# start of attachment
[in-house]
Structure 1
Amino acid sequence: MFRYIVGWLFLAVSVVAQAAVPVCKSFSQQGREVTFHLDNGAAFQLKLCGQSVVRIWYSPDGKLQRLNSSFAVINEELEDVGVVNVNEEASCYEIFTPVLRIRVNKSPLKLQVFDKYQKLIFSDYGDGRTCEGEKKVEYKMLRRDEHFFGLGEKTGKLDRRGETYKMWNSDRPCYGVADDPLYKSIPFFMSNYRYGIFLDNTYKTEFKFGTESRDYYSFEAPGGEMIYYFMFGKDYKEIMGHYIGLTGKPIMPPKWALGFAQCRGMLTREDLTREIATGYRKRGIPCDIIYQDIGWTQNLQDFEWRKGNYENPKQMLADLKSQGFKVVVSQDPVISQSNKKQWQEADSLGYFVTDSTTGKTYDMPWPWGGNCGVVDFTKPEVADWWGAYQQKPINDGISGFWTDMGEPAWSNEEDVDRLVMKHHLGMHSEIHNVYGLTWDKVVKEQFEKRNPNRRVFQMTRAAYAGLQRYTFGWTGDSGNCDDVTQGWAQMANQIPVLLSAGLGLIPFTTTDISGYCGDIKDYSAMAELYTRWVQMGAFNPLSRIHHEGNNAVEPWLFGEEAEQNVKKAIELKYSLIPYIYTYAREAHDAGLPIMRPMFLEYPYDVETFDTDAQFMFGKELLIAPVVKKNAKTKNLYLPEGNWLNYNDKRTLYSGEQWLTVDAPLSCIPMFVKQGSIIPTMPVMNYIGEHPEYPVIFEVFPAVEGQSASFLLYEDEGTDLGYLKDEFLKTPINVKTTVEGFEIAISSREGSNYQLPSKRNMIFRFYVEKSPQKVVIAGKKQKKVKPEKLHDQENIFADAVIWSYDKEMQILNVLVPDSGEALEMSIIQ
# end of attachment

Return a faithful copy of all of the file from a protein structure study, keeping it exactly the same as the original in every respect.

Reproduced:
[in-house]
Structure 1
Amino acid sequence: MFRYIVGWLFLAVSVVAQAAVPVCKSFSQQGREVTFHLDNGAAFQLKLCGQSVVRIWYSPDGKLQRLNSSFAVINEELEDVGVVNVNEEASCYEIFTPVLRIRVNKSPLKLQVFDKYQKLIFSDYGDGRTCEGEKKVEYKMLRRDEHFFGLGEKTGKLDRRGETYKMWNSDRPCYGVADDPLYKSIPFFMSNYRYGIFLDNTYKTEFKFGTESRDYYSFEAPGGEMIYYFMFGKDYKEIMGHYIGLTGKPIMPPKWALGFAQCRGMLTREDLTREIATGYRKRGIPCDIIYQDIGWTQNLQDFEWRKGNYENPKQMLADLKSQGFKVVVSQDPVISQSNKKQWQEADSLGYFVTDSTTGKTYDMPWPWGGNCGVVDFTKPEVADWWGAYQQKPINDGISGFWTDMGEPAWSNEEDVDRLVMKHHLGMHSEIHNVYGLTWDKVVKEQFEKRNPNRRVFQMTRAAYAGLQRYTFGWTGDSGNCDDVTQGWAQMANQIPVLLSAGLGLIPFTTTDISGYCGDIKDYSAMAELYTRWVQMGAFNPLSRIHHEGNNAVEPWLFGEEAEQNVKKAIELKYSLIPYIYTYAREAHDAGLPIMRPMFLEYPYDVETFDTDAQFMFGKELLIAPVVKKNAKTKNLYLPEGNWLNYNDKRTLYSGEQWLTVDAPLSCIPMFVKQGSIIPTMPVMNYIGEHPEYPVIFEVFPAVEGQSASFLLYEDEGTDLGYLKDEFLKTPINVKTTVEGFEIAISSREGSNYQLPSKRNMIFRFYVEKSPQKVVIAGKKQKKVKPEKLHDQENIFADAVIWSYDKEMQILNVLVPDSGEALEMSIIQ